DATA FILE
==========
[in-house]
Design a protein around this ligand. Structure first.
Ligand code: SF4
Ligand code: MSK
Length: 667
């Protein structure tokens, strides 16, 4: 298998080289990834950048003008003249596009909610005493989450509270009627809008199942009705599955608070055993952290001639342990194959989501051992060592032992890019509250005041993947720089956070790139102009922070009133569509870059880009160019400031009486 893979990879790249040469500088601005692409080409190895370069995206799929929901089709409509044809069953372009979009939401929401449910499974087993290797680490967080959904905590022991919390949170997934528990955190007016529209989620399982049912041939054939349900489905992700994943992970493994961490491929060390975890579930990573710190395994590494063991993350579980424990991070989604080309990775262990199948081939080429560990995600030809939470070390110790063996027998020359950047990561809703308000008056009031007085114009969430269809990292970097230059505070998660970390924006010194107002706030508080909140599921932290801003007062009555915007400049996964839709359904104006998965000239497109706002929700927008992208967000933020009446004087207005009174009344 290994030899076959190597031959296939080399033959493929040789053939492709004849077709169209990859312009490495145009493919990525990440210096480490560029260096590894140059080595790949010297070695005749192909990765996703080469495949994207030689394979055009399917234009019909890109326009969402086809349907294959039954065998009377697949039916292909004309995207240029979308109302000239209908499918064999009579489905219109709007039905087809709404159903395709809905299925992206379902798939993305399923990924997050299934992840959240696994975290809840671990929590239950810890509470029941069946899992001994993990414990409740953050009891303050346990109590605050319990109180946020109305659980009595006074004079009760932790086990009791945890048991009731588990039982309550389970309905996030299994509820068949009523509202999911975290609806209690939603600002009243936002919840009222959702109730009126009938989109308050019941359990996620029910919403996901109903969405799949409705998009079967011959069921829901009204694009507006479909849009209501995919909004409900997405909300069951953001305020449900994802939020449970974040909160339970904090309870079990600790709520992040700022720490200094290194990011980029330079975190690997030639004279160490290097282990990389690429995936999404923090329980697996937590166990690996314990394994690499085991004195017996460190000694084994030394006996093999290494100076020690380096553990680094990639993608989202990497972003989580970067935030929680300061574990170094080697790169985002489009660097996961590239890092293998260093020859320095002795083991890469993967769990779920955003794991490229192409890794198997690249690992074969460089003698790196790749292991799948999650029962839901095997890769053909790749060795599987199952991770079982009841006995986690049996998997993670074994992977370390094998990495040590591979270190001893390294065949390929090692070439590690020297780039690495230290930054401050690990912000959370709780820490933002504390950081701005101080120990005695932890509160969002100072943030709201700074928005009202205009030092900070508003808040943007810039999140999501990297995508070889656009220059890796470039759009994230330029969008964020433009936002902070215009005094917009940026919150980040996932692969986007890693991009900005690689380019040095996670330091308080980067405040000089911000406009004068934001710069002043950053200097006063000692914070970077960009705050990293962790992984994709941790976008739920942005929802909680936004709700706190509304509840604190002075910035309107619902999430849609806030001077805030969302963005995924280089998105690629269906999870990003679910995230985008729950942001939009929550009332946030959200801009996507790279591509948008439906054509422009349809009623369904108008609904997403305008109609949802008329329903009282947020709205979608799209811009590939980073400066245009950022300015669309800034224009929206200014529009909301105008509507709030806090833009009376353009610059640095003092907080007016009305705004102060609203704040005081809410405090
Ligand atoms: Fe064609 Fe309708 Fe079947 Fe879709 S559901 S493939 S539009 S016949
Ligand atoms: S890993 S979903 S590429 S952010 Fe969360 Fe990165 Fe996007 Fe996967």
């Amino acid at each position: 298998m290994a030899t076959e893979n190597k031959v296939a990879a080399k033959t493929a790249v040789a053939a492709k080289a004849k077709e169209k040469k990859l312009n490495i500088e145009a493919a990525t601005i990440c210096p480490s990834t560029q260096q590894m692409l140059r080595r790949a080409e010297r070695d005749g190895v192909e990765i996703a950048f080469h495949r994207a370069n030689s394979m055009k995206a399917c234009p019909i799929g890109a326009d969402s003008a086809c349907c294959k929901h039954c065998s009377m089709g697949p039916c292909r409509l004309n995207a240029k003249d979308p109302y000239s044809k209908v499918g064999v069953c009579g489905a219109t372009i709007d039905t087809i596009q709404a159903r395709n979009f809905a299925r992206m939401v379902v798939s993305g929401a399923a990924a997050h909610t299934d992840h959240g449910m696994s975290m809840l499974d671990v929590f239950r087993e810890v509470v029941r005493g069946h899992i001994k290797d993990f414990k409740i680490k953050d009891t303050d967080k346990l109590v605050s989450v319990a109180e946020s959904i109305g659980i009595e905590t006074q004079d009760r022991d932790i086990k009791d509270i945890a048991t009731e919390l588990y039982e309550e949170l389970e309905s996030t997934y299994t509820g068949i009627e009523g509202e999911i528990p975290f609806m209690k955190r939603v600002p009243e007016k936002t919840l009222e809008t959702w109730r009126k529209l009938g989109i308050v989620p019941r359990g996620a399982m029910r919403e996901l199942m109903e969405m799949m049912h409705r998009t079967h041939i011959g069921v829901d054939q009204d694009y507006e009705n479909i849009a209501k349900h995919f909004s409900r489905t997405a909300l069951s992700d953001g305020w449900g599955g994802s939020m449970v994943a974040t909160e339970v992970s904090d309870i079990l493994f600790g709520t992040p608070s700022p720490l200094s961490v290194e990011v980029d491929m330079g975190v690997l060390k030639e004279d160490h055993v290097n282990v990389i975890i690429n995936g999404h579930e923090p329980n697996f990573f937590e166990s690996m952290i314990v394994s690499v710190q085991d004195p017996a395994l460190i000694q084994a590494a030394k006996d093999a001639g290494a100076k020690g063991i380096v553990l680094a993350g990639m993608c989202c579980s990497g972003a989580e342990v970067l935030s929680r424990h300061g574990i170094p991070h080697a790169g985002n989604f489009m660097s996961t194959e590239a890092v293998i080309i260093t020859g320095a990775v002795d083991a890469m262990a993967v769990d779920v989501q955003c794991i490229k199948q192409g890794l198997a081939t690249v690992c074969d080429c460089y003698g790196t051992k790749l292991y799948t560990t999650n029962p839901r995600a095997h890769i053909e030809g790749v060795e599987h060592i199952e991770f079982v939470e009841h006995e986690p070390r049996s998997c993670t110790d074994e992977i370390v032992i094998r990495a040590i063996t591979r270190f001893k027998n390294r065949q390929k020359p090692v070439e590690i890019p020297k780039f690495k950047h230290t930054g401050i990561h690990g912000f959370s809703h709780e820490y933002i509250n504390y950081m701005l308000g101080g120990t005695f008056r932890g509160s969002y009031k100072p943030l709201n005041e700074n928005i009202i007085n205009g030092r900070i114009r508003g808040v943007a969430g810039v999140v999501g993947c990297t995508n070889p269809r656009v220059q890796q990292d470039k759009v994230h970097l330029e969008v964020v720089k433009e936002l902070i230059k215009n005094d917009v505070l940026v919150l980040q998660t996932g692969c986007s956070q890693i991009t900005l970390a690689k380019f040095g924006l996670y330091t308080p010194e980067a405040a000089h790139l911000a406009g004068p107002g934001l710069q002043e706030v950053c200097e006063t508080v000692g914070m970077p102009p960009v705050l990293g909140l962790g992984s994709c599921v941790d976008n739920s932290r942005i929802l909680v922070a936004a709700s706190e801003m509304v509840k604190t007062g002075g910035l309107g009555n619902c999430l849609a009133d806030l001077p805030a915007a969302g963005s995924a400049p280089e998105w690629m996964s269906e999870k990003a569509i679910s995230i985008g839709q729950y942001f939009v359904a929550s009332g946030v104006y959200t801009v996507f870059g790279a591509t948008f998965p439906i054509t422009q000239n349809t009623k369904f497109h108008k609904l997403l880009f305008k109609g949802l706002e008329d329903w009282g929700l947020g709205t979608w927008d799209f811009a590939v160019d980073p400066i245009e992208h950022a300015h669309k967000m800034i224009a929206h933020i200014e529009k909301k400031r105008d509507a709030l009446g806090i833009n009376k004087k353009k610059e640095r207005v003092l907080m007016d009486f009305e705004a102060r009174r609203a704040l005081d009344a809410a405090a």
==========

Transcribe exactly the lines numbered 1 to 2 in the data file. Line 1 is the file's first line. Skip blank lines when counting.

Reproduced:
[in-house]
Design a protein around this ligand. Structure first.